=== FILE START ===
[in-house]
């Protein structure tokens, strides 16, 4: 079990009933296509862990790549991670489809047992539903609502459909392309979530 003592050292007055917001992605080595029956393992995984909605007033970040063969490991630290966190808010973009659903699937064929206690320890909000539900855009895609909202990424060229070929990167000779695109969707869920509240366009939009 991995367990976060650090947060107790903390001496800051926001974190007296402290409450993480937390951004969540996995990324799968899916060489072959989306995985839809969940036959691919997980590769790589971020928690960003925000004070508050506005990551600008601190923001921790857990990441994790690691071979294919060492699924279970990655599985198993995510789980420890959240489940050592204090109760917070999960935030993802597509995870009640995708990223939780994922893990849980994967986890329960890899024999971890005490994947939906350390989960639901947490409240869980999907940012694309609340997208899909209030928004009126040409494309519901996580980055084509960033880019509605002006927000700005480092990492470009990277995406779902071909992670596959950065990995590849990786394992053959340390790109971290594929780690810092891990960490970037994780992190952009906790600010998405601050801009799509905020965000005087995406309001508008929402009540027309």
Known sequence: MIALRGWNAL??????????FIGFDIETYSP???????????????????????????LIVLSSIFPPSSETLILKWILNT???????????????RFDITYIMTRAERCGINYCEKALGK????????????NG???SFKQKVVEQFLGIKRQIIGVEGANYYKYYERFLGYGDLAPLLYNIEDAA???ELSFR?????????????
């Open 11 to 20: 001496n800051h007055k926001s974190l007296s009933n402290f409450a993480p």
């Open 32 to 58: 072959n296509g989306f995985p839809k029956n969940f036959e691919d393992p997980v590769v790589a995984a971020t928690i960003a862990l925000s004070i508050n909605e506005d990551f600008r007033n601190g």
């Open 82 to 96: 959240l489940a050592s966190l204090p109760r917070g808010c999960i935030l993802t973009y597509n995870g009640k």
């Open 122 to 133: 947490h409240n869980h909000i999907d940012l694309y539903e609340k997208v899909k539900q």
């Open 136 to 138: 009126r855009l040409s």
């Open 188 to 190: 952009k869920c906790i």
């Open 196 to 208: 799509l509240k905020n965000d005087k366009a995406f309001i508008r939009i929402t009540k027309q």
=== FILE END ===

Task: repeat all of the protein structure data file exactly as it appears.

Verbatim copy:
[in-house]
């Protein structure tokens, strides 16, 4: 079990009933296509862990790549991670489809047992539903609502459909392309979530 003592050292007055917001992605080595029956393992995984909605007033970040063969490991630290966190808010973009659903699937064929206690320890909000539900855009895609909202990424060229070929990167000779695109969707869920509240366009939009 991995367990976060650090947060107790903390001496800051926001974190007296402290409450993480937390951004969540996995990324799968899916060489072959989306995985839809969940036959691919997980590769790589971020928690960003925000004070508050506005990551600008601190923001921790857990990441994790690691071979294919060492699924279970990655599985198993995510789980420890959240489940050592204090109760917070999960935030993802597509995870009640995708990223939780994922893990849980994967986890329960890899024999971890005490994947939906350390989960639901947490409240869980999907940012694309609340997208899909209030928004009126040409494309519901996580980055084509960033880019509605002006927000700005480092990492470009990277995406779902071909992670596959950065990995590849990786394992053959340390790109971290594929780690810092891990960490970037994780992190952009906790600010998405601050801009799509905020965000005087995406309001508008929402009540027309």
Known sequence: MIALRGWNAL??????????FIGFDIETYSP???????????????????????????LIVLSSIFPPSSETLILKWILNT???????????????RFDITYIMTRAERCGINYCEKALGK????????????NG???SFKQKVVEQFLGIKRQIIGVEGANYYKYYERFLGYGDLAPLLYNIEDAA???ELSFR?????????????
């Open 11 to 20: 001496n800051h007055k926001s974190l007296s009933n402290f409450a993480p």
């Open 32 to 58: 072959n296509g989306f995985p839809k029956n969940f036959e691919d393992p997980v590769v790589a995984a971020t928690i960003a862990l925000s004070i508050n909605e506005d990551f600008r007033n601190g």
């Open 82 to 96: 959240l489940a050592s966190l204090p109760r917070g808010c999960i935030l993802t973009y597509n995870g009640k």
């Open 122 to 133: 947490h409240n869980h909000i999907d940012l694309y539903e609340k997208v899909k539900q």
């Open 136 to 138: 009126r855009l040409s």
């Open 188 to 190: 952009k869920c906790i």
């Open 196 to 208: 799509l509240k905020n965000d005087k366009a995406f309001i508008r939009i929402t009540k027309q």